The natural choice for a school with an eye on the future.

In a school as forward looking as La Esquelita Educational Center (LEEC) in Oakland, CA only Smith System furniture would do. LEEC provides a prototype other schools are certain to emulate. Here’s why.

Completed in August 2012, LEEC was built to replace a number of neighborhood schools, which had simply reached the end of their utility, according to Dave Smith, Smith System regional sales manager. “LEEC represents a 21st Century thought process in every way,” he says.

The complex, consisting of a 360-student K-5 elementary school, 180-student high school and 168-student child development center/community health clinic, is sited in downtown Oakland (it’s sometimes referred to as the Downtown Educational Complex). LEEC is CHPS-Certified campus and designed for grid-neutrality. Its handsome contemporary exterior, accented with primary colors, suggests innovative engineering that went into the building. And it did.

Oakland Unifed

Photo credit: MVE Institutional

The campus includes:

•Evaporative cooling

•Photovoltaic-generated electricity

•Displacement ventilation

•Rainwater aqueduct system

As a resource for a diverse urban population and a student population ranging from age four through young adult, LEEC needed to convey a sense of inclusion to all. Project architect, MVE Institutional, wove the “rainbow of an educational environment” concept throughout the facility. “The building exteriors make use of primary colors,” says Robert Puleo who served as director of interiors for MVE Institutional on the project. Robert extrapolated from those colors, choosing more subtle secondary and tertiary colors for the interiors.

Fitting furniture into this complex scenario proved relatively simple. Jane Mele of MB Contract was involved in the project from its inception and recalls some of the criteria that went into the selection. “It’s a very ‘green’ design, and there’s great emphasis on the school’s environment. That Smith System has GREENGUARD For Children and Schools certification for its entire product line factored into the decision,” she says. “The functionality of the furniture played a big part, too.”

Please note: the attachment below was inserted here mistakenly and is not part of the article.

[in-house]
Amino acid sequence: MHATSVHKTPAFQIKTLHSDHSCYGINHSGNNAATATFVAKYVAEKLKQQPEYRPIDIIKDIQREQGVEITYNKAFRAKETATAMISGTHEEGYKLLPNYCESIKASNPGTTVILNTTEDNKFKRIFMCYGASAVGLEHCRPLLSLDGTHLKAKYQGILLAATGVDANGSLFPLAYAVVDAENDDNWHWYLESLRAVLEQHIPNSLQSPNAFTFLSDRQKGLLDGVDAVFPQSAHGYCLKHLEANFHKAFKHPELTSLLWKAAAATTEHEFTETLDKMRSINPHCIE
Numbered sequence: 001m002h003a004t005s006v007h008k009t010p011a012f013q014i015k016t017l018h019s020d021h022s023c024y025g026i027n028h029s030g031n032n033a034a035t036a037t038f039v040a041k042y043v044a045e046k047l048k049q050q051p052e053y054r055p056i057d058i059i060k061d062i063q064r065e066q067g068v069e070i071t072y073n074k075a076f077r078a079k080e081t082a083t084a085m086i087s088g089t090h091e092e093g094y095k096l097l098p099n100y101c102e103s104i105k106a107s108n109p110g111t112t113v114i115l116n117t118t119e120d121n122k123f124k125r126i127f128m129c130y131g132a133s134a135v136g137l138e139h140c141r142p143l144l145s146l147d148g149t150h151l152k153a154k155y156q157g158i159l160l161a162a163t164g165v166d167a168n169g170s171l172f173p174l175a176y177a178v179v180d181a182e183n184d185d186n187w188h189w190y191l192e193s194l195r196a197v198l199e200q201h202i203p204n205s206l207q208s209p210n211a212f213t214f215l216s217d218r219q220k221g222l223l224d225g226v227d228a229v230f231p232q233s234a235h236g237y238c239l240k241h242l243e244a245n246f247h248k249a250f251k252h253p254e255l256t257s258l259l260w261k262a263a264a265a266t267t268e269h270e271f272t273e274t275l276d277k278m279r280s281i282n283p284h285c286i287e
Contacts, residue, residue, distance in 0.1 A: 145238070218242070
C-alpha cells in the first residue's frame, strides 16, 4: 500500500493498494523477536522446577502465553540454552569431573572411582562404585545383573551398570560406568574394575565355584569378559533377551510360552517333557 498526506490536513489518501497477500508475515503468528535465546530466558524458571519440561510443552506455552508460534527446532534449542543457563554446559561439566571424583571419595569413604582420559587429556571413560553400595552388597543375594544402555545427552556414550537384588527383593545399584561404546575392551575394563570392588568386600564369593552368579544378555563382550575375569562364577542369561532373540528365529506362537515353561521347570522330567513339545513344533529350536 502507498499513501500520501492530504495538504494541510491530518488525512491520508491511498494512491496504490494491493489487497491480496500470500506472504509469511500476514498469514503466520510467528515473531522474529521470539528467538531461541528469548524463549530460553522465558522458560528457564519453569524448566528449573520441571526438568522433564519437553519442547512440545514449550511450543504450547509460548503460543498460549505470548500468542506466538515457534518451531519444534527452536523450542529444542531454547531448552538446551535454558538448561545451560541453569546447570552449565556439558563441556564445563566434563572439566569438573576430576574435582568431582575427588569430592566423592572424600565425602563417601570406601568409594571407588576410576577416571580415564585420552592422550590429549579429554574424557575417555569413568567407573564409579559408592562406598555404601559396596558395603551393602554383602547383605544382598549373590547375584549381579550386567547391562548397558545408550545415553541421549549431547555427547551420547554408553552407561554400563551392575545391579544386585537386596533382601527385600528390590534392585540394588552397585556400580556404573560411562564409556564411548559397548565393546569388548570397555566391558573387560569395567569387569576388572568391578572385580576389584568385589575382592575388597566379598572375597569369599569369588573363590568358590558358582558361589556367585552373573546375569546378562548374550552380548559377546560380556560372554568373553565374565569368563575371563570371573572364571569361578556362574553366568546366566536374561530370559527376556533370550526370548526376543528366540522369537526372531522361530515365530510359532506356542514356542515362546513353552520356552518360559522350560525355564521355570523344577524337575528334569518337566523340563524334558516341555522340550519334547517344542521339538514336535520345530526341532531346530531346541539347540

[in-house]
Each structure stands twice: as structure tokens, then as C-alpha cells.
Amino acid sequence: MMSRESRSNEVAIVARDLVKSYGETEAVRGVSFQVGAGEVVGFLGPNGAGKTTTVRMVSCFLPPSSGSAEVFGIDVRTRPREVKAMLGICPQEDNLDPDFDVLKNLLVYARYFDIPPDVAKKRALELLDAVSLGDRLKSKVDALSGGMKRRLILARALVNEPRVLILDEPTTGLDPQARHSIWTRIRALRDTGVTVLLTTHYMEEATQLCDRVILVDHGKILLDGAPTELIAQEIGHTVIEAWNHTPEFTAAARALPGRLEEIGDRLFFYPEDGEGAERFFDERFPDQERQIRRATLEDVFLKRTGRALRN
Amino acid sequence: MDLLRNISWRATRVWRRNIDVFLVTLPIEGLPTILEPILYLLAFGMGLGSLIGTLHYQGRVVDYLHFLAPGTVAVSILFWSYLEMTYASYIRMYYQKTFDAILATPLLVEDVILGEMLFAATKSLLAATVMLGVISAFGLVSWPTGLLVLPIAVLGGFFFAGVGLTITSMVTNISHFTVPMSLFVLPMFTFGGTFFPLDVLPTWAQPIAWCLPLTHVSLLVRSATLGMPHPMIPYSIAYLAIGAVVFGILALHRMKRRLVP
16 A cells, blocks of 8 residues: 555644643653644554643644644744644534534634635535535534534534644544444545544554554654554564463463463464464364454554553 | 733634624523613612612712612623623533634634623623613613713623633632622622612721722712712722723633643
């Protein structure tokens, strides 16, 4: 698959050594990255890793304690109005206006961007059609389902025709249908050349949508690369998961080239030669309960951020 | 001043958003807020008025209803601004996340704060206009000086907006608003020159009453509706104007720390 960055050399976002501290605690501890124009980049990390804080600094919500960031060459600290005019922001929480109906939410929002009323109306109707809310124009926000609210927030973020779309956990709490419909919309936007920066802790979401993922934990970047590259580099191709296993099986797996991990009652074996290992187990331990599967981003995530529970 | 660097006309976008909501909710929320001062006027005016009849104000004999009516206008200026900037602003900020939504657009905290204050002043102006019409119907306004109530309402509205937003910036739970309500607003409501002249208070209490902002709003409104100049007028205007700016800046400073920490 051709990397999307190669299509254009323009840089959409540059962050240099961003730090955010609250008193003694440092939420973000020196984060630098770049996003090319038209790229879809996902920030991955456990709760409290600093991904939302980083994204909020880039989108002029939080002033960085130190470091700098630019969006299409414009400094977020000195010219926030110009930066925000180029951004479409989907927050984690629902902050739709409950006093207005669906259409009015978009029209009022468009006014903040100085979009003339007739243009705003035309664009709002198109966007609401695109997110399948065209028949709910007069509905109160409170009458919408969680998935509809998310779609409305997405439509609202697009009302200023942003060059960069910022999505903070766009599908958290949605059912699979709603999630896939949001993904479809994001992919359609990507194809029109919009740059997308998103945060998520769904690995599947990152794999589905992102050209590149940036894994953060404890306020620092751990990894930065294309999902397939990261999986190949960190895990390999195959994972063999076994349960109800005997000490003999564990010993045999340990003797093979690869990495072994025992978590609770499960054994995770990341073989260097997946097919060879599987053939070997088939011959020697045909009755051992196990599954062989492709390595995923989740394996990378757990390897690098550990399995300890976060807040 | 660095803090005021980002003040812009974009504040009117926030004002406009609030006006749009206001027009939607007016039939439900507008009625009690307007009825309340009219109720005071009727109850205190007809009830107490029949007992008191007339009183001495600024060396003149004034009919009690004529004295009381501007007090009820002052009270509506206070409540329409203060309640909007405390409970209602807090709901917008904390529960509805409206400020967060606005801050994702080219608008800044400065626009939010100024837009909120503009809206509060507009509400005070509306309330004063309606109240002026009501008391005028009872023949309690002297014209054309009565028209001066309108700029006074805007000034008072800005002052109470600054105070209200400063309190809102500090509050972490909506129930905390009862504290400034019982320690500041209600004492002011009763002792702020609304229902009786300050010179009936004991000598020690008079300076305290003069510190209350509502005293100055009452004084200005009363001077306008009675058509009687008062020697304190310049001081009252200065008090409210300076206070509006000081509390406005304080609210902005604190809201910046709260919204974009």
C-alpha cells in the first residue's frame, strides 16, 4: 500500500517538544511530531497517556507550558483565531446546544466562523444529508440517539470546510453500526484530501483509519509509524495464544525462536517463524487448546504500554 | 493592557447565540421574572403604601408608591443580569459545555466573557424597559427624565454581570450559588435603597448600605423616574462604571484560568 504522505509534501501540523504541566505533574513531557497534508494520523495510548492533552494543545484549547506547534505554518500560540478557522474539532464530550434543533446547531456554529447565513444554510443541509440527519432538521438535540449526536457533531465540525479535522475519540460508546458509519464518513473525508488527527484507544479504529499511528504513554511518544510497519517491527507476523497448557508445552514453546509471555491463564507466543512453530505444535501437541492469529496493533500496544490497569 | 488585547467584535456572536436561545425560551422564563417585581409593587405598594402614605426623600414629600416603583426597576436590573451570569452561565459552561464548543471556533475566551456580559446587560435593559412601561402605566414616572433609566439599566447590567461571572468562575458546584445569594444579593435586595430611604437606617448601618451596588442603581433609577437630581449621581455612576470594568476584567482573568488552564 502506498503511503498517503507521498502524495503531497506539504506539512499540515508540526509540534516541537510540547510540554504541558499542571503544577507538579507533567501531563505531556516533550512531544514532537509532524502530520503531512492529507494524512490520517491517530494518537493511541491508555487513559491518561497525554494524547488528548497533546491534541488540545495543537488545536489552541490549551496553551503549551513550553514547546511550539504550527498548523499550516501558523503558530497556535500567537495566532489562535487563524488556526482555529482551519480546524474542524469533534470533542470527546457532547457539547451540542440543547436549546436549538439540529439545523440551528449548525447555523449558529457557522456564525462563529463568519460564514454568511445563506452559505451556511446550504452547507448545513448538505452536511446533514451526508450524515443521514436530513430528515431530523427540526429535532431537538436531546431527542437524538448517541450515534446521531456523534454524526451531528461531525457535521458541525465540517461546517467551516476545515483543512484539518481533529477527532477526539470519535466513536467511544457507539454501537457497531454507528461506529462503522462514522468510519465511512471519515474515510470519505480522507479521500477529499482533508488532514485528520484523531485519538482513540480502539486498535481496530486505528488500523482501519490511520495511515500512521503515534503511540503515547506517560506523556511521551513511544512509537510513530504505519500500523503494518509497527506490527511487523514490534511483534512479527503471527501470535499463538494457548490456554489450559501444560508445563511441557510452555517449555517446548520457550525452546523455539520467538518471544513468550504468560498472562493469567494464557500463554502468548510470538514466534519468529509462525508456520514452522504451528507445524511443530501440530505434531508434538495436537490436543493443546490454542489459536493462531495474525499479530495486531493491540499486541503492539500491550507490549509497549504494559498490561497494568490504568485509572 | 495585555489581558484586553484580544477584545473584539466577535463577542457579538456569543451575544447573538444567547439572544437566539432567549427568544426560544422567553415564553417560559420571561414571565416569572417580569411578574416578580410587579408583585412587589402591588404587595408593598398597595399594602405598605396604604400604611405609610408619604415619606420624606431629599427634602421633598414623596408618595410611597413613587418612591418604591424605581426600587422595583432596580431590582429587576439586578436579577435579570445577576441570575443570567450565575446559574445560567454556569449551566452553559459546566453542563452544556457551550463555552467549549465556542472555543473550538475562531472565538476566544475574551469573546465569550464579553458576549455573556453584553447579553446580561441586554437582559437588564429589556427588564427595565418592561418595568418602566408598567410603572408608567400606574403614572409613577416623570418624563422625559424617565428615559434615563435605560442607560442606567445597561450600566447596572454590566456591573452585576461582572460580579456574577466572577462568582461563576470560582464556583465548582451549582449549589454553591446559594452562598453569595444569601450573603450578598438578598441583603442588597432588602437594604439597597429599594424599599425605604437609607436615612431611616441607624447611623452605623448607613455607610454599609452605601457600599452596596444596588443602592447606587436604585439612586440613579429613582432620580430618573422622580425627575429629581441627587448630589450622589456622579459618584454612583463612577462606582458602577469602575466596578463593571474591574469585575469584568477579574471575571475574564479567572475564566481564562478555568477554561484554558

Jane and Robert Puleo cited the ergonomics and freedom of movement afforded to the student by Flavors Seating as important. Same for the integrated backpack pegs on the Planner Desks. And the color choices available in both lines allowed Robert to complement a color scheme that changed throughout the campus from pre-school through high school, starting with violet and blue in pre-school transitioning to blue and green in the elementary school.

“I used blue for the elementary school chairs, with a deeper shade of blue for the edge bands of the desks,” he says. “The color tells which chair goes with which grade. Each is unique, yet each harmonizes.” Robert also acknowledged, “many other manufacturers who offer products in the right price range couldn’t meet our color requirements.”

In addition to the functionality of their backpack pegs, desks from Smith System’s Planner line provided needed durability.  Robert explained that space efficiency and cost effectiveness influenced the choice of two-student desks, “after the project was programmed, the teachers requested more furniture than the original plan provided for. We found a plan to integrate more seating and allow more students in the same amount of space. Smith System’s pricing was competitive enough that we were able to meet our budget.”

When it came to installation, more flexibility on the part of the team was required. “In our industry, Murphy is going to show up at every job,” Jane Mele relates. “It’s just how you react to it that matters.” In this case, the site’s limited space for staging wasn’t yet paved when the installation had to begin and construction on the school wasn’t completed. “It’s all about the team you work with,” Jane says. She and her team finished the installation in a week and a half, moving around the school as it was made available.

One complication the installation team didn’t face was a long punch list. “There was only one minor example of damage in the order,” Jane noted, adding “and it was quickly fixed!”

The goodwill of the project continued as the school opened to the public – some of which opposed the closing of their neighborhood schools. “When the people saw the campus their objections melted away,” says Dave Smith. “They were surprised and pleased. The teachers were thrilled, too. They loved the new furniture and the colors the architects chose. It’s really great for the kids to have something so nice to call their own.”